– excessive resin is brushed over the wave and along the sides of the diorama, then again we can remove the tape and the sharp edges from the tape
– use the product called ‘water waves’ from Woodland Scenics to create ripples in the water
– make a thick paste of model color white with ‘water waves’ and ‘ Noch-snow’ and apply it to the board to make ‘white water’
-PFJUUUU, what a JOB! BUT highly realistic!
This one we are going to make a lot shorter, promised 😉
Materials needed :
– toilet paper
– acrylic paint, a mix of acrylic green, ivory black, burnt umber, and titanium white
– a soft round brush
– white silicone
– acrylic spray
A little tutorial:
– put Modge Podge on the piece of plywood or waterproof glue
– Mix toilet paper with Modge Podge ( mod podge is a waterproof glue plus sealer) and put them on the piece of plywood that you have cut out beforehand in the size and shape that you want.
– Apply several layers (3 at the minimum ) and always use mod podge in between. If you have a pattern on the toilet paper, you can brush it away with a brush. The same goes for the lines of the toilet paper.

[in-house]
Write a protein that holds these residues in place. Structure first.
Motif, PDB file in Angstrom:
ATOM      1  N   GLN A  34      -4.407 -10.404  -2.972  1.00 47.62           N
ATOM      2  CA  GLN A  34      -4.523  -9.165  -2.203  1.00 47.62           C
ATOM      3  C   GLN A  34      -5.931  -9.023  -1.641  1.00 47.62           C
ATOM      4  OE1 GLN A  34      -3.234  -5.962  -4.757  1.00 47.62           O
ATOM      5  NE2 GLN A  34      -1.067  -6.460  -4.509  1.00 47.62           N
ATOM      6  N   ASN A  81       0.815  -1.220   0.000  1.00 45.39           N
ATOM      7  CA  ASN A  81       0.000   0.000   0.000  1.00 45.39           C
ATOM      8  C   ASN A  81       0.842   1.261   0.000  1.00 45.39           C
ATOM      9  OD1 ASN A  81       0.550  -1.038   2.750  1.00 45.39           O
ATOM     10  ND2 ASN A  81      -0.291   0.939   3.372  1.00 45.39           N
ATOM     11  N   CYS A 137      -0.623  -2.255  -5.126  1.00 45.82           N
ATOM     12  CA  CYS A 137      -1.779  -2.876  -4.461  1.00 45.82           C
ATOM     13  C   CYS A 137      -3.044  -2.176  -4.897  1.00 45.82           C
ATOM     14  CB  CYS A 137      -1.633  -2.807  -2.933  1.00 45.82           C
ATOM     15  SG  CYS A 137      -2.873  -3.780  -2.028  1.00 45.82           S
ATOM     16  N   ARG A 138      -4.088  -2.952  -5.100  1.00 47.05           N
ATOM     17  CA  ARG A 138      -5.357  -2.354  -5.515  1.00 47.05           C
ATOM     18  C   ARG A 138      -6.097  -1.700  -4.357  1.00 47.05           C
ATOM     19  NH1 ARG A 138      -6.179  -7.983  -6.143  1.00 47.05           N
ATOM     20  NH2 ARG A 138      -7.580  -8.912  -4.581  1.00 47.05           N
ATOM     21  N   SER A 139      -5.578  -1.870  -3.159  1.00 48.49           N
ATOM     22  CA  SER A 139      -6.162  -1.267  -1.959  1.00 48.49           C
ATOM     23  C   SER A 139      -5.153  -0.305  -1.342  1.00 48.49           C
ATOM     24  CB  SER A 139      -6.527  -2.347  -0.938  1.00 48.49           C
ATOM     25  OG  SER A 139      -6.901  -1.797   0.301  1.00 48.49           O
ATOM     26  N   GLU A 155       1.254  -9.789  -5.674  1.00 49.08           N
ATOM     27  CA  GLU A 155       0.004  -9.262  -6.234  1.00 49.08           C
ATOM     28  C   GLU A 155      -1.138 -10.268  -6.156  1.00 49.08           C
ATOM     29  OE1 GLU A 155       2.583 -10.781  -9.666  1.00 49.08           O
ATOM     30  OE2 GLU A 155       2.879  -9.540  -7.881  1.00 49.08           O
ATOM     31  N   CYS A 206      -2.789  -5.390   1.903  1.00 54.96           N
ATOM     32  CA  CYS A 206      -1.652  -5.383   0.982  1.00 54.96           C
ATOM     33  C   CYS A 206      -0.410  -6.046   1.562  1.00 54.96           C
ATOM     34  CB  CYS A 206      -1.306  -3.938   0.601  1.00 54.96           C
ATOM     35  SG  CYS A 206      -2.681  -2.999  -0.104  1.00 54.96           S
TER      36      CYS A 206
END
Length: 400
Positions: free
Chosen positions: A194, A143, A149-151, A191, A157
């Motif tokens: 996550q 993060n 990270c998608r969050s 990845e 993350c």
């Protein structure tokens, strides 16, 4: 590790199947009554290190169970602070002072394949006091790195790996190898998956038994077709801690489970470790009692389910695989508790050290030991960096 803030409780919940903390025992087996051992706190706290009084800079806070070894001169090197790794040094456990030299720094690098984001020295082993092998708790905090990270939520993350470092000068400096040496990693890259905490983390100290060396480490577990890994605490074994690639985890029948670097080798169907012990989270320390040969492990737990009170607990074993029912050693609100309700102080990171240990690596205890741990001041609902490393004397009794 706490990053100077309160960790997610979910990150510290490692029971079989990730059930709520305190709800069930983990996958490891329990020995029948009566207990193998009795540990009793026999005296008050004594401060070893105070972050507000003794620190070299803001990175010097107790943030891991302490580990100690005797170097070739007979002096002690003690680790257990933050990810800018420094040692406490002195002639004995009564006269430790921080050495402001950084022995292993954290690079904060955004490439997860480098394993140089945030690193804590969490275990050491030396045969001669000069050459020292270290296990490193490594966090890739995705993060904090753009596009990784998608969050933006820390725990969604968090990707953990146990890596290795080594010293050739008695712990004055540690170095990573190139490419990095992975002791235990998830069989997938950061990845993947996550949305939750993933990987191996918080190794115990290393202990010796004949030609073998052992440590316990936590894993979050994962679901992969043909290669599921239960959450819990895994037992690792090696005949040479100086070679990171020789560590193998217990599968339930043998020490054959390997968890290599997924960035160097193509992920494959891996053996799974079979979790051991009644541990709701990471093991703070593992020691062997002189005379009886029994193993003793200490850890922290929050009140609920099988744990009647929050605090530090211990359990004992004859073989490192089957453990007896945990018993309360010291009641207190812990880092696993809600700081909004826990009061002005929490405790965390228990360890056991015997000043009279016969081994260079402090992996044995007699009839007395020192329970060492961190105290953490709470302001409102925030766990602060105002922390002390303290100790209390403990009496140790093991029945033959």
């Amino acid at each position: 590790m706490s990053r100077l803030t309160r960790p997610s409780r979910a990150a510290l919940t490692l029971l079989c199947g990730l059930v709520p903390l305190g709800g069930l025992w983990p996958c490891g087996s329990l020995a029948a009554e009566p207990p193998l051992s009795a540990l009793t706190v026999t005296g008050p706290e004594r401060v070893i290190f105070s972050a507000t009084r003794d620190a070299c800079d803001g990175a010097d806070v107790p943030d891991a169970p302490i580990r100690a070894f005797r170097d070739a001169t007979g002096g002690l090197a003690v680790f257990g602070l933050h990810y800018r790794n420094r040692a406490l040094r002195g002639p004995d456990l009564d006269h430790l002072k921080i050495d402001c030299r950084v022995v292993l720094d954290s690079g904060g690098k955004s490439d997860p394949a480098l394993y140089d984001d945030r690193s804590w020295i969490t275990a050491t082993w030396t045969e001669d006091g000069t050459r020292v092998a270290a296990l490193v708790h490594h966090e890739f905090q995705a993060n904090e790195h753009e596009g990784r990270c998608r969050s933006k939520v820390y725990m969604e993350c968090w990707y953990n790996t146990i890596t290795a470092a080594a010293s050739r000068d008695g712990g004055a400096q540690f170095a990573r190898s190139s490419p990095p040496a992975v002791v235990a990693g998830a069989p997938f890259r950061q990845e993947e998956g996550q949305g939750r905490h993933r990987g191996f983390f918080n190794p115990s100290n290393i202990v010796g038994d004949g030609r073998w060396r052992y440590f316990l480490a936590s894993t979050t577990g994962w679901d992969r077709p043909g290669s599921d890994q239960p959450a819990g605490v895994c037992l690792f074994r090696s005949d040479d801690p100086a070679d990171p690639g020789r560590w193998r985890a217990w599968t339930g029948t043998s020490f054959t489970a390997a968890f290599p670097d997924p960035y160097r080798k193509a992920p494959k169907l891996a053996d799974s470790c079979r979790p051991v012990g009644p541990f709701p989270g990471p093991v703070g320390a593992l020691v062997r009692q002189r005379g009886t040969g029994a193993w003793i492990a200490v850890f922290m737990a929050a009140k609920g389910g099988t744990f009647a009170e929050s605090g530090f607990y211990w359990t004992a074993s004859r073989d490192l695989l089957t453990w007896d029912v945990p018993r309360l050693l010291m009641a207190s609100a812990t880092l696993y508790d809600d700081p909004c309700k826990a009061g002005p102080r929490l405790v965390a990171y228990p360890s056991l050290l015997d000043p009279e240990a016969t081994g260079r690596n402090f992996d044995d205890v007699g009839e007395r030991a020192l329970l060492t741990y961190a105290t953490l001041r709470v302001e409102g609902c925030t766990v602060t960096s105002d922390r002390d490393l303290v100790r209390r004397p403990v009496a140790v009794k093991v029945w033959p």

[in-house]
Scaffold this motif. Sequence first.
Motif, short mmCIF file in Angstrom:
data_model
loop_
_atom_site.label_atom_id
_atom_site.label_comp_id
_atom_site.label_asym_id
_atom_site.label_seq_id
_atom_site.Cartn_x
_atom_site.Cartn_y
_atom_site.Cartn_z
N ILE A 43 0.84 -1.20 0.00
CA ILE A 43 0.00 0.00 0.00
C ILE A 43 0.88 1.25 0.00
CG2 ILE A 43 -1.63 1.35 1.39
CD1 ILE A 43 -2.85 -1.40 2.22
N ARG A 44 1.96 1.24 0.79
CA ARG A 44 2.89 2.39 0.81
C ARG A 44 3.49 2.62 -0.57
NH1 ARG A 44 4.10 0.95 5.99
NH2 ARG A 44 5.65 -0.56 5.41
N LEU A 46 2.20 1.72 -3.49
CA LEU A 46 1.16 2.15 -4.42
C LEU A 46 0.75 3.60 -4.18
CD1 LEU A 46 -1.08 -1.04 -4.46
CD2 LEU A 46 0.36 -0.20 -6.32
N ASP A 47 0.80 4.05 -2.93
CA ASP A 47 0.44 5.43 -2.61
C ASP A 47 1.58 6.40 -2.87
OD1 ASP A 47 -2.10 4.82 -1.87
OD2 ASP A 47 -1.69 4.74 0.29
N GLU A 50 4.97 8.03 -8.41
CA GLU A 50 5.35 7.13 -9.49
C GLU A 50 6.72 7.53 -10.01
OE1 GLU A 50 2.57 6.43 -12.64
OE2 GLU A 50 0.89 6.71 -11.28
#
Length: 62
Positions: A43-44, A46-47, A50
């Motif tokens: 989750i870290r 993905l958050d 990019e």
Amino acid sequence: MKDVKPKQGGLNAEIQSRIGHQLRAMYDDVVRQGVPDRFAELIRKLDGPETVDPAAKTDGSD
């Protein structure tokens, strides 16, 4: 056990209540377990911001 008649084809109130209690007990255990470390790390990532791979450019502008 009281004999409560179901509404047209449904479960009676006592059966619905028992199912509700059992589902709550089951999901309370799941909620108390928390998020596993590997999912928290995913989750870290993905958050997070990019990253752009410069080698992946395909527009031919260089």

– make waves by pushing the brush forward
– paint the waves. Separate all the colors in one bowl and water in another bowl as a thinner. Start with the area closest to the beach, where the color is a mix of brownish-green. A bit more green in the mix further out. Don’t thin the colors out yet, keep them thick at this stage.
About halfway start to add black to the mix. The last bits will be more green-black and at the end almost black.
Next is to blur the edges of the colors by using a clean brush, dip it in the water, and move from the light area into the darker areas. Leave it to dry for at least 72 hours!
– seal everything with Modge Podge, I would use 3 layers
– use white silicone to create wave crests
– seal it again with acrylic spray
– let everything dry very well before putting it outside because otherwise, it might crack!
3. How to make a miniature stream/pond
– Modge Podge (gloss)
– plaster of Paris
– Vallejo European thick mud
– acrylic paint: raw umber, burnt sienna, black, blue, green, light blue, white
– scenic fiber